In no surprise to anyone, tourists are destroying Hawaii’s coral reefs

The impact of tourism on Hawaii’s coral reefs.


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Last year I was snorkeling off of Black Rock Beach in Maui when I heard someone yelling at me. It was a local. I had been following a turtle around and ended up too close to both the creature and the coral reef it was about to descend upon. It’s easy to get caught up in the allure of aquatic life, but that’s just the problem. In fact, a new study shows the capacity at which tourists are harming Hawaii’s coral reefs.

The power of social media and AI

Published January 9 in the journal Nature Sustainability, the study sheds new light on just how badly we’re bumming out the coral reef cover in Hawaii. Researchers discovered over 250,000 geotagged Instagram posts from 2018 to 2021 by tourists visiting Hawaiian reefs to determine on-reef and overall coastal visitation. They compared this information with flyover maps of live coral cover, then used artificial intelligence to analyze reef map images at about a 6.5 feet resolution depth, and 52.5 feet resolution depth. 

Bing Lin, a doctoral student at Princeton University’s School of Public and International Affairs and lead author of the study, then obtained additional information from the Ocean Tipping Points project and the Hawaii Statewide GIS Program on metrics of site accessibility, including human activity and water conditions. Such variables were used to determine the relationship between tourist visitation and live coral cover across hundreds of coastal sites in Hawaii. The findings were grim.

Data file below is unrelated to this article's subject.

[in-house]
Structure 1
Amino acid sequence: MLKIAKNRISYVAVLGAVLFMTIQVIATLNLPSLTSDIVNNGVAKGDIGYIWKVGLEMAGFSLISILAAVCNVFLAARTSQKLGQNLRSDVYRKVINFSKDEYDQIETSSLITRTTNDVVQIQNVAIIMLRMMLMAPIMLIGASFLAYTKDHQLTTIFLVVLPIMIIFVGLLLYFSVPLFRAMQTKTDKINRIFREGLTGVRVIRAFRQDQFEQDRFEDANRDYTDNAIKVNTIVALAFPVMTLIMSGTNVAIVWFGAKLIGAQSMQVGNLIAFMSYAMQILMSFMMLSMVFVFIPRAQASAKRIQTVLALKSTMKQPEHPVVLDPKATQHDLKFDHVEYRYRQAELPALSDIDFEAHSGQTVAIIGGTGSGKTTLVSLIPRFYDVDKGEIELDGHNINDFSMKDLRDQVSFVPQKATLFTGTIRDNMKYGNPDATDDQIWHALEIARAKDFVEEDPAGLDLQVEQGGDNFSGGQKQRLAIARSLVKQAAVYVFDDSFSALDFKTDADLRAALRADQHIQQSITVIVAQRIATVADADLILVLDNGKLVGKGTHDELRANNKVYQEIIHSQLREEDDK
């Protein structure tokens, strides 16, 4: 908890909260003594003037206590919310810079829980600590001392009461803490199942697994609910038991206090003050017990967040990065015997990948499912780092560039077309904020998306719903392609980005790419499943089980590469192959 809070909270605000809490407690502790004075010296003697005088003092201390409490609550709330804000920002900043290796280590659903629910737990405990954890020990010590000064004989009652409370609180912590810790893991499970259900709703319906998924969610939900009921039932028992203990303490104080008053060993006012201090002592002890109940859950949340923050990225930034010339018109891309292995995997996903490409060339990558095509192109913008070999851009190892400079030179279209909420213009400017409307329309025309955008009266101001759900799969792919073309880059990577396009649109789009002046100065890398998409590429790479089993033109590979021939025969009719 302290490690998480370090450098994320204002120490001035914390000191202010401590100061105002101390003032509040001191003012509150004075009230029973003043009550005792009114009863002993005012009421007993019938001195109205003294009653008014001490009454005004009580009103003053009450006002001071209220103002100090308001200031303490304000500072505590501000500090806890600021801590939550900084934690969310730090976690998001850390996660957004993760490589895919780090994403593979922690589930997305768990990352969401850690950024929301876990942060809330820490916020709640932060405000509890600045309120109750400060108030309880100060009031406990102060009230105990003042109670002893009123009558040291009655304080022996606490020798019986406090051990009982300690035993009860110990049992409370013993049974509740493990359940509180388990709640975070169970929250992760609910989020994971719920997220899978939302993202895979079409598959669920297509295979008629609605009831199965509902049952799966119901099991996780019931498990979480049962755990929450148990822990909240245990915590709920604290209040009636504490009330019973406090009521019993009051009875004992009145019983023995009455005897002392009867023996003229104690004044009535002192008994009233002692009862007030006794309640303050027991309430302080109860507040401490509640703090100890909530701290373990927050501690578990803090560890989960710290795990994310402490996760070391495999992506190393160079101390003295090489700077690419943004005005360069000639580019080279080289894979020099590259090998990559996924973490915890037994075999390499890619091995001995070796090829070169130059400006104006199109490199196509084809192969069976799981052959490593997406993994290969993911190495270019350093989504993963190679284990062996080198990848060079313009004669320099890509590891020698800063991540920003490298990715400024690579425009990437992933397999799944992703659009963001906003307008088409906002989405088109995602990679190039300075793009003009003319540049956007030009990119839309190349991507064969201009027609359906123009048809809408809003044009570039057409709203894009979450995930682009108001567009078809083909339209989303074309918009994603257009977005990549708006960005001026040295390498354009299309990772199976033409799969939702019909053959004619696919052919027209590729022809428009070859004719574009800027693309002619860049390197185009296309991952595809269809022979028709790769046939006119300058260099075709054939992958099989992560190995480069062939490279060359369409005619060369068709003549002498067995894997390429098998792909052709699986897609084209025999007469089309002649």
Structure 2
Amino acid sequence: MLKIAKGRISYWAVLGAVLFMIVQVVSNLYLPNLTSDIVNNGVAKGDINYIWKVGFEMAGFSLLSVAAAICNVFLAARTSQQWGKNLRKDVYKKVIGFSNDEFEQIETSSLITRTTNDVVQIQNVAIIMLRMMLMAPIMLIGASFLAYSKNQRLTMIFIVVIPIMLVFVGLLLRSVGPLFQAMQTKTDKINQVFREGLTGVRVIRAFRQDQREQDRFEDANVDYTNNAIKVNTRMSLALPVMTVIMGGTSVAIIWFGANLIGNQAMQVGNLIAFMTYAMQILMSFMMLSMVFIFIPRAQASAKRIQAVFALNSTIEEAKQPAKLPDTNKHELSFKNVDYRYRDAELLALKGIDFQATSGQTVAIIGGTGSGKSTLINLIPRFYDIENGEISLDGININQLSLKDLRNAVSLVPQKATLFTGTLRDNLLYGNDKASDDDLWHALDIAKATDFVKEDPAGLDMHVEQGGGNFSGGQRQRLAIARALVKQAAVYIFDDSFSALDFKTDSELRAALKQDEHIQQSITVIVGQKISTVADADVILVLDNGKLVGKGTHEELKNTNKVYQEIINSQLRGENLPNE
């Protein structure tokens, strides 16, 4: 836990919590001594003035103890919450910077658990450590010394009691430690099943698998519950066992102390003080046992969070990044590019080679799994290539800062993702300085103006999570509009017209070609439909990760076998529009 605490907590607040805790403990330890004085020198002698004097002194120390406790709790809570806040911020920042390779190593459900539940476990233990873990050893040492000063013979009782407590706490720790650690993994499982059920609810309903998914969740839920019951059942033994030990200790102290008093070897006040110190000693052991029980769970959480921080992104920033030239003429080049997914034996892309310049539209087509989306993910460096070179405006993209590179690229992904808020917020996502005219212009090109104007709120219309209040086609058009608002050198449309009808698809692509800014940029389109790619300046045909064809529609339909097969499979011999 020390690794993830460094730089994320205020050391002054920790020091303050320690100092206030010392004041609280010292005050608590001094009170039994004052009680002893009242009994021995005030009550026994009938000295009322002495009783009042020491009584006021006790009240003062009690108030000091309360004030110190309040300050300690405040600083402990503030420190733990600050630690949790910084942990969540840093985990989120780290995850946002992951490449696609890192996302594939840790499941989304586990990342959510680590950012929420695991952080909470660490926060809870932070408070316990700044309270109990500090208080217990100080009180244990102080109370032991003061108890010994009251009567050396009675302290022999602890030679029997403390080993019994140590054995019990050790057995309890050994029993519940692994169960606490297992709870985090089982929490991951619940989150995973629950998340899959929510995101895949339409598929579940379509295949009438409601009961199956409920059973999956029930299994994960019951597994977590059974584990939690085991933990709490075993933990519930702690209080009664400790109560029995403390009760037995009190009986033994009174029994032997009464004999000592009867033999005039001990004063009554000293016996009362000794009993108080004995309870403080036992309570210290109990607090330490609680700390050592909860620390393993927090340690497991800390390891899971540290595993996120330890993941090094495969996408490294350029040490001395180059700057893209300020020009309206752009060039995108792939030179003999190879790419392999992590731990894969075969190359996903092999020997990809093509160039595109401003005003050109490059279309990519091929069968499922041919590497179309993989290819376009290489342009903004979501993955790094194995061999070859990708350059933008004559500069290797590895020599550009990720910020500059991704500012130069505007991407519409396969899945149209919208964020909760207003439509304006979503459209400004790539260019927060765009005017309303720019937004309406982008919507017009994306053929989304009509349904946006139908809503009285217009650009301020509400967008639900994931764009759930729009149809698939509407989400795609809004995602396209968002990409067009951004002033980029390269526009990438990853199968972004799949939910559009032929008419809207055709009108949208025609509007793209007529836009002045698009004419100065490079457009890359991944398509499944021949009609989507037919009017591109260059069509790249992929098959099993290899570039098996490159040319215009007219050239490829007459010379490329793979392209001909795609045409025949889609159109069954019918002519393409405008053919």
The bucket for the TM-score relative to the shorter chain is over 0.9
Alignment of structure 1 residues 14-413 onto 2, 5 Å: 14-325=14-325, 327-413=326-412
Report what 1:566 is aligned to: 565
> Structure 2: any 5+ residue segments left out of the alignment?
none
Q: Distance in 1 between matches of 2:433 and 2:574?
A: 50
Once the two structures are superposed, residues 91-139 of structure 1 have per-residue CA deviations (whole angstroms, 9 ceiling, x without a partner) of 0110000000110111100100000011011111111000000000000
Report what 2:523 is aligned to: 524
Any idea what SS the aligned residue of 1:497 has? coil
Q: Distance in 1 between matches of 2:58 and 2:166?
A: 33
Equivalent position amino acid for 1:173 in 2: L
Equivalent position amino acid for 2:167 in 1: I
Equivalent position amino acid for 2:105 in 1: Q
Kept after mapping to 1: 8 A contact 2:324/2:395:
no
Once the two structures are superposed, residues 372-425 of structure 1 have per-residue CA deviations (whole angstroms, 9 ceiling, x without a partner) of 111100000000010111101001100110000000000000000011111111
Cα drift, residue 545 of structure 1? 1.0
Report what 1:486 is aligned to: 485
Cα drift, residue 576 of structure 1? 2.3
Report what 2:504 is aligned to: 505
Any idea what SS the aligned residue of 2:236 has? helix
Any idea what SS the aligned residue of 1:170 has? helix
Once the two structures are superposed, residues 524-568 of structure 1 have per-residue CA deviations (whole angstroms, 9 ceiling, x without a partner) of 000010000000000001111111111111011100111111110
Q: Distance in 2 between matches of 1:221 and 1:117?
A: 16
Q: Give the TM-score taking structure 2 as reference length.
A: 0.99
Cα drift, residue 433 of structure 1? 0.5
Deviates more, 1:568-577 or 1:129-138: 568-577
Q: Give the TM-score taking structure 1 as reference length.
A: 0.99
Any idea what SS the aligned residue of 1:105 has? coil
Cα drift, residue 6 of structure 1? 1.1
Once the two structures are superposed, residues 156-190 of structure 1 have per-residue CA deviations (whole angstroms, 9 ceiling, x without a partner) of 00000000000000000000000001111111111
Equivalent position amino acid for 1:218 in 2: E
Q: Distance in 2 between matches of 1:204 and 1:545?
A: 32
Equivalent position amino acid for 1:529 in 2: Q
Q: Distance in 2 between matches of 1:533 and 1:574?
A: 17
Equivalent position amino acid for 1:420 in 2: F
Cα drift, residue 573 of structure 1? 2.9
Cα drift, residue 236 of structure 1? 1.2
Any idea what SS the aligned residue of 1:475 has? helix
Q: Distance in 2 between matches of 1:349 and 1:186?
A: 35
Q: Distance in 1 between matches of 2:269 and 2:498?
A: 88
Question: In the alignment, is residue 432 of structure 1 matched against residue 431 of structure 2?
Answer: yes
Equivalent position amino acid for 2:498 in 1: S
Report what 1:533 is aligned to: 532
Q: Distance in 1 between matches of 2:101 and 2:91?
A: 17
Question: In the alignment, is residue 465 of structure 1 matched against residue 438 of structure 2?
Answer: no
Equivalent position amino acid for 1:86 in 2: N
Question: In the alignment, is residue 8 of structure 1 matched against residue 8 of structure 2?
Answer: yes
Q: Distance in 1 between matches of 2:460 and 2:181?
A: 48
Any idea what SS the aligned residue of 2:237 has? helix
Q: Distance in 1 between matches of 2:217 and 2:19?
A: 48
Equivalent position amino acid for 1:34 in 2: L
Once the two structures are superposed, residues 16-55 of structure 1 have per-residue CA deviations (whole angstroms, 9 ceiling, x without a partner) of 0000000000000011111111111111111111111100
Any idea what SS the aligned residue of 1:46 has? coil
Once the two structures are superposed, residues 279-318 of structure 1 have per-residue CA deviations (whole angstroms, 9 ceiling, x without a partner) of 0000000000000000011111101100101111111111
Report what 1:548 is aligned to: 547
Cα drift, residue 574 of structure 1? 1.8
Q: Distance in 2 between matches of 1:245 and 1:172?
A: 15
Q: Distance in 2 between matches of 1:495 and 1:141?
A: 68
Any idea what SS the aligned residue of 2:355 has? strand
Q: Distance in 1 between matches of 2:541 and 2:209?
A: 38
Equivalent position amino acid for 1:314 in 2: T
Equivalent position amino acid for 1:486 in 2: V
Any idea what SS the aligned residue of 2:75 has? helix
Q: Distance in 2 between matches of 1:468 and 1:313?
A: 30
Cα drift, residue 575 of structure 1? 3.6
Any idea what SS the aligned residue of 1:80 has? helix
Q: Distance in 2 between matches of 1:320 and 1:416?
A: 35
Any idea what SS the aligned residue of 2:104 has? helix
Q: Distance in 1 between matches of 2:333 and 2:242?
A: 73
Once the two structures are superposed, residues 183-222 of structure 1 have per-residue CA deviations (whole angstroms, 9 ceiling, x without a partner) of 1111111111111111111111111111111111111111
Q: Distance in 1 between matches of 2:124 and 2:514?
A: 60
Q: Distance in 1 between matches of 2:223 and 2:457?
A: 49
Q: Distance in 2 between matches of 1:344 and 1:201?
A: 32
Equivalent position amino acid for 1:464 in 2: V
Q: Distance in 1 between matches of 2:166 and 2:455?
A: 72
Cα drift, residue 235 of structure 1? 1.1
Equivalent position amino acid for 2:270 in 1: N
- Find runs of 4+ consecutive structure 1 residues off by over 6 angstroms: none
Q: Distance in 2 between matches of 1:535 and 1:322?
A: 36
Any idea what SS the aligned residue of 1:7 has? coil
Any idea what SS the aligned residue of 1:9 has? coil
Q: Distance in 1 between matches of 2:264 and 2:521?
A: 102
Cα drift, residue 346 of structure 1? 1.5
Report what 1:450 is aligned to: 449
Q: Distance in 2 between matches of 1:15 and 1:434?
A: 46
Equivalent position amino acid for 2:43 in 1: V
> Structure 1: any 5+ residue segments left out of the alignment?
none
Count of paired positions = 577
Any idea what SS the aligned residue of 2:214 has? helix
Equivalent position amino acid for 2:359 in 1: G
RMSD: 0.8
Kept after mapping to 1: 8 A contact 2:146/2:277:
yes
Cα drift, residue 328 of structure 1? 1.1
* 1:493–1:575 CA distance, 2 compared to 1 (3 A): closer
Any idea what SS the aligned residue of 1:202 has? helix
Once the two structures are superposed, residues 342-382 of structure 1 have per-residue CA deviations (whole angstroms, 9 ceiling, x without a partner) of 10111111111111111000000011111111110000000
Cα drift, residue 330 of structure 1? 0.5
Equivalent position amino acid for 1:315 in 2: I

Tourism is degrading the reefs 

“We were able to find that coral reefs not only played a really significant role in attracting tourism, but also that the tourism subsequently seemed to suppress live coral coverage at the sites in which tourism was most concentrated,” said Lin. 

And it’s not just from idiots like me chasing turtles around near the beach. Offshore snorkeling and scuba diving excursions are also detrimental. Diver contact, even accidental, can degrade the reefs. In addition to physical encounters, elevated pollution and infrastructure development surrounding high-quality coral reef sites are also to blame. 

“Local stressors to the world’s reefs are often overshadowed by the large, looming threat of global climate change and subsequent coral bleaching. However, our research underscores the importance of localized stressors in also contributing to coral decline,” added Lin. 

The researchers believe their findings should incentivize conservation through proper funding as well as education and support for local communities emphasizing coral reef protection.

Editorial Disclaimer: Opinions expressed here are the author’s alone. This post contains references to products from one or more of our partners and we may receive compensation when you click on links to those products.

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